Responses to NPR’s attempted takedown of the IRS scandal:
NPR-1–Most of the groups flagged by the IRS for extra scrutiny didn’t actually have to apply for tax-exempt status.
No kidding. And yet, instead of the supposedly “overworked” IRS reviewers actually telling them so, when they had “tea party” in their name (or “patriot” IIRC), they were instead sidetracked into the shelf labeled “Recycle instead of approve or disapprove (They can sue if we disapprove)”.
Bu then before Senator Lyndon B. Johnson snuck a “religious organizations” clause into the 501(c)3 language of the tax code, historically, no church was required to apply for exemption from such taxation, because they were considered constitutionally (and in court history) a priori non-taxable. Accountants and lawyers rushed in and scared the seminary students into applying to avoid prison. A pox on LBJ’s name.
NPR-2. Even if the right criteria had been used, 80 percent of the targeted groups would have warranted extra scrutiny.
That’s another red herring to distract from the fact that even Lois Lerner himself began this news cycle with the admission that the IRS reviewers she was responsible for had targeted a list of conservative trigger words to hold and divert instead of process per normal.
It is obviously the IRS ITSELF that “warrants extra scrutiny”, and Mother Jones magazine should give “extra scrutiny” to itself too.
NPR-3. Those intrusive questions that drew widespread criticism? Some of them are actually on the IRS application form.
Oh, weasel, weasel, weasel, slippery snakes. “Some”???! Really! how about telling the fact that MOST of them were “actually [NOT] on the IRS application form”. And you don’t specify whether talking about (c)3 or (c)4. Names of donors for example are NOT required for the 501(c)4 groups.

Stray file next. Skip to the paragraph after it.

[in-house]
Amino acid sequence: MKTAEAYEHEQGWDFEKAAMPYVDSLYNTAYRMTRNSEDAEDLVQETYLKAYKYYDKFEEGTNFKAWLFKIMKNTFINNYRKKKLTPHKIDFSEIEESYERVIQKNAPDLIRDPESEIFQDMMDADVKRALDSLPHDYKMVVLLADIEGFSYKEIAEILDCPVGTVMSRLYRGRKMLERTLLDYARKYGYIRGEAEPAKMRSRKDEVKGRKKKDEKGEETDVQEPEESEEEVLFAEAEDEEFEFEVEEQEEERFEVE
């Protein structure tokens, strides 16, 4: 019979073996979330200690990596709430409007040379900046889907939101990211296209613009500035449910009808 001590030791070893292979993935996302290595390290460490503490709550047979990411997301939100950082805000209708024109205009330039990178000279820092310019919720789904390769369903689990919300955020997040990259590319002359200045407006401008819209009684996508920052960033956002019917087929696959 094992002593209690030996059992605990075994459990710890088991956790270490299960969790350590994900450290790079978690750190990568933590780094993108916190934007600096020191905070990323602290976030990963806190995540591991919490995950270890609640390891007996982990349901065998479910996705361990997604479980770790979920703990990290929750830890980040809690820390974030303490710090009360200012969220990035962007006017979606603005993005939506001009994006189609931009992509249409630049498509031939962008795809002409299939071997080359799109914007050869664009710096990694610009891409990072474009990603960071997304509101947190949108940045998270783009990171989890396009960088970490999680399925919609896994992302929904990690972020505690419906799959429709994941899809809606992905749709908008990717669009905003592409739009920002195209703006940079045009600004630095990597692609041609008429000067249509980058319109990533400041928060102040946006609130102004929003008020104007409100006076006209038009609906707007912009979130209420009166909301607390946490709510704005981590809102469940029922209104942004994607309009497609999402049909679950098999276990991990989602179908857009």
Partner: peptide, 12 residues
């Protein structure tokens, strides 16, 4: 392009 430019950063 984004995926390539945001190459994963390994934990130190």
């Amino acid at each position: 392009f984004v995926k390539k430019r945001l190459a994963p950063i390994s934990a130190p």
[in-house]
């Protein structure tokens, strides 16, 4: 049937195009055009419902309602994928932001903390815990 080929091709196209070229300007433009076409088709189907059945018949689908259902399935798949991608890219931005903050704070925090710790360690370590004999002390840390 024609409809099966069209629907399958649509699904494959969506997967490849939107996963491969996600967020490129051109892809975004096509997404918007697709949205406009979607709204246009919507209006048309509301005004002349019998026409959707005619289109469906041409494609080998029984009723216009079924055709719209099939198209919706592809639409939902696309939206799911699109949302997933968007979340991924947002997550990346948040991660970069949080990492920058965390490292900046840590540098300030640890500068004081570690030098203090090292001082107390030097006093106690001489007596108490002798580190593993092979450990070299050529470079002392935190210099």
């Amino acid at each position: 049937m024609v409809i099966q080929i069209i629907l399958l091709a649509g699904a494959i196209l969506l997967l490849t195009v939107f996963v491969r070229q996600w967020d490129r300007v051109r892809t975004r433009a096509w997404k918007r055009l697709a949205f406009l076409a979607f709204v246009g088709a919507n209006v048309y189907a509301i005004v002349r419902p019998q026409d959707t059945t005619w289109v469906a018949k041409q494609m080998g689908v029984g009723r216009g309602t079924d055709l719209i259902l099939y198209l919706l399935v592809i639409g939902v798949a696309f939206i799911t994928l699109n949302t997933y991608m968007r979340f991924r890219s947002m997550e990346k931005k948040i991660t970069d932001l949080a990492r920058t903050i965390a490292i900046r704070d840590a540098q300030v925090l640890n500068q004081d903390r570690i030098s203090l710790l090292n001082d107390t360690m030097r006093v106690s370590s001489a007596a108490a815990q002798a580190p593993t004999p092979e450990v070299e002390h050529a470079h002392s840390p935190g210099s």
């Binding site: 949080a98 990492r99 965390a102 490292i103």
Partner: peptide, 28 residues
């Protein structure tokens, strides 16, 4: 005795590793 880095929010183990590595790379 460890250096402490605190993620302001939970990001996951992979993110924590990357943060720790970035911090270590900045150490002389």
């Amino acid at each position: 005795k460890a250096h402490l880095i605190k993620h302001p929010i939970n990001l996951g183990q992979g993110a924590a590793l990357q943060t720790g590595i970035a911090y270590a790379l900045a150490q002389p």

NPR-4 – Nonconservative groups got extra scrutiny, too. A lot of them.
Some, sure. They have to justify their budget, after all. And look at the one they chose as an example. One group’s name was “Alliance for a Better Utah”. That’s one of the 30 percent they say got extra work. It’s an ambiguous name that does not make clear the inclinations thereof.
Consider the following phrases that were used as trigger words to hold and hold some more, documented with footnotes. The progressive group for Utah, if it was progressive, just happened to pick a name that by chance was caught in the dragnet of the black hole for words that the IRS group considered as oppositional to Obama and his programs.
The list, first distributed in August 2010, suggested intensive scrutiny of applicants with names related to a number of political causes, including names related to the Tea Party movement and other conservative causes. Eventually, IRS employees in at least Cincinnati, Ohio; El Monte, California; Laguna Niguel, California; and Washington, D.C. applied closer scrutiny to applications from organizations that:
–referenced words such as “Tea Party”, “Patriots”, or “9/12 Project”, “progressive,” “occupy,” “Israel,” “open source software,” “medical marijuana” and “occupied territory advocacy” in the case file;
–outlined issues in the application that included government spending, government debt, or taxes;
–involved advocating or lobbying to “make America a better place to live”;
–had statements in the case file that criticized how the country is being run;
–advocated education about the Constitution and the Bill of Rights;
–were focused on challenging the Patient Protection and Affordable Care Act—known by many as Obamacare;
–questioned the integrity of federal elections.
Hey, NPR, just like your defamatory lies about Honduras during 2009, you are entitled to your own opinions, but you are not entitled to make up fictions or lies-by-spin.
The eyes of the LORD are in every place, beholding the evil and the good.-Proverbs 15:3